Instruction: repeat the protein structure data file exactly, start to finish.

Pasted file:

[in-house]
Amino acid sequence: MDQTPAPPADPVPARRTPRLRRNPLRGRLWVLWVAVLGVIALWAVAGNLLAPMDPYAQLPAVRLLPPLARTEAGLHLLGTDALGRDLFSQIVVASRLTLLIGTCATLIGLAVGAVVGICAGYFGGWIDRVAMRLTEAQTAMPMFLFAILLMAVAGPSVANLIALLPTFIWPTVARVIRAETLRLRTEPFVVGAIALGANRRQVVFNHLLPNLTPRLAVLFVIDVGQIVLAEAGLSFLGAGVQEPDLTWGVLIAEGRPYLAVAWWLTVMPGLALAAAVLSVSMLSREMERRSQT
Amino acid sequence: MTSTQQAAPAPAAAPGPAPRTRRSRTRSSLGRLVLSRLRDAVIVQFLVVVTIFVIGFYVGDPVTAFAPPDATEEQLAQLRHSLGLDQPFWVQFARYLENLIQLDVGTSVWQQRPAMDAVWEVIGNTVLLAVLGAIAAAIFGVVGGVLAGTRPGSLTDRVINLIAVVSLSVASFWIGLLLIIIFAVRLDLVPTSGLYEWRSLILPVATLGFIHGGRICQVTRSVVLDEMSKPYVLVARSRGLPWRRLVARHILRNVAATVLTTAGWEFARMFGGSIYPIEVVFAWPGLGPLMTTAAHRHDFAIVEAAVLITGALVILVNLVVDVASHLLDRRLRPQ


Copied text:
[in-house]
Amino acid sequence: MDQTPAPPADPVPARRTPRLRRNPLRGRLWVLWVAVLGVIALWAVAGNLLAPMDPYAQLPAVRLLPPLARTEAGLHLLGTDALGRDLFSQIVVASRLTLLIGTCATLIGLAVGAVVGICAGYFGGWIDRVAMRLTEAQTAMPMFLFAILLMAVAGPSVANLIALLPTFIWPTVARVIRAETLRLRTEPFVVGAIALGANRRQVVFNHLLPNLTPRLAVLFVIDVGQIVLAEAGLSFLGAGVQEPDLTWGVLIAEGRPYLAVAWWLTVMPGLALAAAVLSVSMLSREMERRSQT
Amino acid sequence: MTSTQQAAPAPAAAPGPAPRTRRSRTRSSLGRLVLSRLRDAVIVQFLVVVTIFVIGFYVGDPVTAFAPPDATEEQLAQLRHSLGLDQPFWVQFARYLENLIQLDVGTSVWQQRPAMDAVWEVIGNTVLLAVLGAIAAAIFGVVGGVLAGTRPGSLTDRVINLIAVVSLSVASFWIGLLLIIIFAVRLDLVPTSGLYEWRSLILPVATLGFIHGGRICQVTRSVVLDEMSKPYVLVARSRGLPWRRLVARHILRNVAATVLTTAGWEFARMFGGSIYPIEVVFAWPGLGPLMTTAAHRHDFAIVEAAVLITGALVILVNLVVDVASHLLDRRLRPQ